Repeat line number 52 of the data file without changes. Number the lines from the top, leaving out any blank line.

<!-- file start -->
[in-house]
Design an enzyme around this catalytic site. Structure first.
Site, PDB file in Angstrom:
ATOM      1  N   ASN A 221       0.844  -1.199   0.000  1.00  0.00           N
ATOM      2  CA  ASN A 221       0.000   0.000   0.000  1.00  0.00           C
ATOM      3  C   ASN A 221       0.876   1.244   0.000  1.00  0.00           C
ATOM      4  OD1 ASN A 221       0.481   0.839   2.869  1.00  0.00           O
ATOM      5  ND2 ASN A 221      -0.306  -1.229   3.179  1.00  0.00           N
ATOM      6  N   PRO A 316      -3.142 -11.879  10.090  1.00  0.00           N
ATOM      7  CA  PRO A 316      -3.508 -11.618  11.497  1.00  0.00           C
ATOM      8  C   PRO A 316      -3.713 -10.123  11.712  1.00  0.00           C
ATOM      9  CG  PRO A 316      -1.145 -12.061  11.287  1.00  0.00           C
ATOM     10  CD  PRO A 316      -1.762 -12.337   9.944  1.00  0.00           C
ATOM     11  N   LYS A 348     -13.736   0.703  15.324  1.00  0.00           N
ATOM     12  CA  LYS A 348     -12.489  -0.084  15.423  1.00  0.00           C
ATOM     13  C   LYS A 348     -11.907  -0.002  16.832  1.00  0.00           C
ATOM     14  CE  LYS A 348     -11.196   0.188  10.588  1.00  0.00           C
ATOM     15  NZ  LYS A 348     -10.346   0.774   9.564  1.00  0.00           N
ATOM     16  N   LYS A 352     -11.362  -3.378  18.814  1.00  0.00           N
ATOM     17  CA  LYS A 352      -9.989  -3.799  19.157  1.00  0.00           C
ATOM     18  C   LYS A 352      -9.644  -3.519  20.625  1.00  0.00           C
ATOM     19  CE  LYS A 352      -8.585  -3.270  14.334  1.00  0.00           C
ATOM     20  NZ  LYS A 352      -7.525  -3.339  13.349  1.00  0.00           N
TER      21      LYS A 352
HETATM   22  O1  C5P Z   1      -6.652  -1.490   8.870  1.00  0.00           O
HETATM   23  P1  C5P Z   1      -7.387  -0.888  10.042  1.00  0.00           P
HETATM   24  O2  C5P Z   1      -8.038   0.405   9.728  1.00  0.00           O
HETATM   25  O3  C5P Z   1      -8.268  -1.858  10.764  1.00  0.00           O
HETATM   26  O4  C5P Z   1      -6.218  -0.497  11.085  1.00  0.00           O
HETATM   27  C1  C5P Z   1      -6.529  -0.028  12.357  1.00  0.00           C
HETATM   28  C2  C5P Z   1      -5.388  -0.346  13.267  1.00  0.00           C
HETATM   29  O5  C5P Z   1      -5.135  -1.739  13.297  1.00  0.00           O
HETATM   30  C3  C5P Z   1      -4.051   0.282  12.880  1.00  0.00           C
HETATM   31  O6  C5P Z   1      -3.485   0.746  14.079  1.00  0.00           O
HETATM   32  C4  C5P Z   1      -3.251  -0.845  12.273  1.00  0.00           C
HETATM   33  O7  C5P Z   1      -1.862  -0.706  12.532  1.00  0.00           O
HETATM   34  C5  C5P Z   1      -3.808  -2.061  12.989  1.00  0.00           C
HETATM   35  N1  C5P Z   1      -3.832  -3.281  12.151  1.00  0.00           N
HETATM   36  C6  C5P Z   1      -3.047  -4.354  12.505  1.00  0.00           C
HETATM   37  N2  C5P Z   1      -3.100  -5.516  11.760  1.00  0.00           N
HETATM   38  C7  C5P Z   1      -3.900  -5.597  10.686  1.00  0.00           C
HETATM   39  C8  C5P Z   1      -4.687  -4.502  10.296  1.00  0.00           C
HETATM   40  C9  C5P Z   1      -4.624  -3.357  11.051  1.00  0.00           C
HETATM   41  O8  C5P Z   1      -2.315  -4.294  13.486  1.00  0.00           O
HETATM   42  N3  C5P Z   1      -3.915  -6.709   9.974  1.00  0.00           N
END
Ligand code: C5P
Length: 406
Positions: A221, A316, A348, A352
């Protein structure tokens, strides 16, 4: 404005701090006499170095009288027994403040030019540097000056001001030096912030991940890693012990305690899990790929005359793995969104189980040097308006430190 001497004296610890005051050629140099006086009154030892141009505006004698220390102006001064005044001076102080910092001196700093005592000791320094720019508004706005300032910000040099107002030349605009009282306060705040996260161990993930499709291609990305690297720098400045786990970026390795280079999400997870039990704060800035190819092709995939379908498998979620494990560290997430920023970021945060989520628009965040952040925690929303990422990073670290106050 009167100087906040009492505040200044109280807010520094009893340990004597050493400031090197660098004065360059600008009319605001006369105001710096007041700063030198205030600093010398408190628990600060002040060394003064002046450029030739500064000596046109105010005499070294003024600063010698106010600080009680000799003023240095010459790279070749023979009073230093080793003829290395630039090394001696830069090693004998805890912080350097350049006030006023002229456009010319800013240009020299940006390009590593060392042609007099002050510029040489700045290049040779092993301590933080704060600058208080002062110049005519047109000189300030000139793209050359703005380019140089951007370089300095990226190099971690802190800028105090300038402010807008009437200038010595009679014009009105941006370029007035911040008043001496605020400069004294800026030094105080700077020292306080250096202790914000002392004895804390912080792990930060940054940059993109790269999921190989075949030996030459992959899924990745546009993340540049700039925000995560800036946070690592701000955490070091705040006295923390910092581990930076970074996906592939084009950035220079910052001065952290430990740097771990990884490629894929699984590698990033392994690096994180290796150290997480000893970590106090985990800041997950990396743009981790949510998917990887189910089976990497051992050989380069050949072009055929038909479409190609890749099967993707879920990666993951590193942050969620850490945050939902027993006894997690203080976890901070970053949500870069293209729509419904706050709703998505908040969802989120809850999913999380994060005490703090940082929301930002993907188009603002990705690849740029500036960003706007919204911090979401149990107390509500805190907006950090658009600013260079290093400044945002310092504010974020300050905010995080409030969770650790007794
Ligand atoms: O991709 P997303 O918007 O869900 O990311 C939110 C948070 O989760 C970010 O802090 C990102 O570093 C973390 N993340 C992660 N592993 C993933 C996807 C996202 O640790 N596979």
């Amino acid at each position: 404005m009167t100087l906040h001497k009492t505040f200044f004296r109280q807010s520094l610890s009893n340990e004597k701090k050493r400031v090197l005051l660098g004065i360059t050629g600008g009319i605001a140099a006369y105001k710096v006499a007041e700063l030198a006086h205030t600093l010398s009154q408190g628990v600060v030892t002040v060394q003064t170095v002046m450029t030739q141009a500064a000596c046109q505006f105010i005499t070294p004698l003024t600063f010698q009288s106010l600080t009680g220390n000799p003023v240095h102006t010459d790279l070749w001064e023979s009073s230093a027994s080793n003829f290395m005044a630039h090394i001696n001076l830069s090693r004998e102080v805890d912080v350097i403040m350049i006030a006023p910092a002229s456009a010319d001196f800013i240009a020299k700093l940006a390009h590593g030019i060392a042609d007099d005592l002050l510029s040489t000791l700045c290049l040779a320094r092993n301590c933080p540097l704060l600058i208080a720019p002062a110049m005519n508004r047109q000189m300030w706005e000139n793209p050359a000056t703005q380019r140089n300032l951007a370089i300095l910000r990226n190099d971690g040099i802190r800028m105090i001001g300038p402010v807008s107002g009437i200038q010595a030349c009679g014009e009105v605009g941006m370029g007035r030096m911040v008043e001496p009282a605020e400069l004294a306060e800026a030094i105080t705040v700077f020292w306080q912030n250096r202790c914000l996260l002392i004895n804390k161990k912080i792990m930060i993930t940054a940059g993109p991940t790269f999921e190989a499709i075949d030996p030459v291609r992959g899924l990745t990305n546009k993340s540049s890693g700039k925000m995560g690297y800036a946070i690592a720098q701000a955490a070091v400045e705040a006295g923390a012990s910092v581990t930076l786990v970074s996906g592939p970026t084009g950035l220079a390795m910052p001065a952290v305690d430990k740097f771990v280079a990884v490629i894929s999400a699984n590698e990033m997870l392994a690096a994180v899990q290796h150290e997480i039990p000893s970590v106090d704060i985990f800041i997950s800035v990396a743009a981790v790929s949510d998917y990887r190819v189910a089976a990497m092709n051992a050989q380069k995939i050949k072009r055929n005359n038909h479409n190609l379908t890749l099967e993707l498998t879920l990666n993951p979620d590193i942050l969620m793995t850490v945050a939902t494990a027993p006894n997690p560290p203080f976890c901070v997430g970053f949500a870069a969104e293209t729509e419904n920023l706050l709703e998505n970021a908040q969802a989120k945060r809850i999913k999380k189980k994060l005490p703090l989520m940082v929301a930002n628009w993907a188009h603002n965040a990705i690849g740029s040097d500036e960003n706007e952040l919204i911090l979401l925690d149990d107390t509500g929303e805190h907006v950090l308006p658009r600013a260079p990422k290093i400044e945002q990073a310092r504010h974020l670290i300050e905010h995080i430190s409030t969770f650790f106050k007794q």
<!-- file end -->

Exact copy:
């Amino acid at each position: 404005m009167t100087l906040h001497k009492t505040f200044f004296r109280q807010s520094l610890s009893n340990e004597k701090k050493r400031v090197l005051l660098g004065i360059t050629g600008g009319i605001a140099a006369y105001k710096v006499a007041e700063l030198a006086h205030t600093l010398s009154q408190g628990v600060v030892t002040v060394q003064t170095v002046m450029t030739q141009a500064a000596c046109q505006f105010i005499t070294p004698l003024t600063f010698q009288s106010l600080t009680g220390n000799p003023v240095h102006t010459d790279l070749w001064e023979s009073s230093a027994s080793n003829f290395m005044a630039h090394i001696n001076l830069s090693r004998e102080v805890d912080v350097i403040m350049i006030a006023p910092a002229s456009a010319d001196f800013i240009a020299k700093l940006a390009h590593g030019i060392a042609d007099d005592l002050l510029s040489t000791l700045c290049l040779a320094r092993n301590c933080p540097l704060l600058i208080a720019p002062a110049m005519n508004r047109q000189m300030w706005e000139n793209p050359a000056t703005q380019r140089n300032l951007a370089i300095l910000r990226n190099d971690g040099i802190r800028m105090i001001g300038p402010v807008s107002g009437i200038q010595a030349c009679g014009e009105v605009g941006m370029g007035r030096m911040v008043e001496p009282a605020e400069l004294a306060e800026a030094i105080t705040v700077f020292w306080q912030n250096r202790c914000l996260l002392i004895n804390k161990k912080i792990m930060i993930t940054a940059g993109p991940t790269f999921e190989a499709i075949d030996p030459v291609r992959g899924l990745t990305n546009k993340s540049s890693g700039k925000m995560g690297y800036a946070i690592a720098q701000a955490a070091v400045e705040a006295g923390a012990s910092v581990t930076l786990v970074s996906g592939p970026t084009g950035l220079a390795m910052p001065a952290v305690d430990k740097f771990v280079a990884v490629i894929s999400a699984n590698e990033m997870l392994a690096a994180v899990q290796h150290e997480i039990p000893s970590v106090d704060i985990f800041i997950s800035v990396a743009a981790v790929s949510d998917y990887r190819v189910a089976a990497m092709n051992a050989q380069k995939i050949k072009r055929n005359n038909h479409n190609l379908t890749l099967e993707l498998t879920l990666n993951p979620d590193i942050l969620m793995t850490v945050a939902t494990a027993p006894n997690p560290p203080f976890c901070v997430g970053f949500a870069a969104e293209t729509e419904n920023l706050l709703e998505n970021a908040q969802a989120k945060r809850i999913k999380k189980k994060l005490p703090l989520m940082v929301a930002n628009w993907a188009h603002n965040a990705i690849g740029s040097d500036e960003n706007e952040l919204i911090l979401l925690d149990d107390t509500g929303e805190h907006v950090l308006p658009r600013a260079p990422k290093i400044e945002q990073a310092r504010h974020l670290i300050e905010h995080i430190s409030t969770f650790f106050k007794q």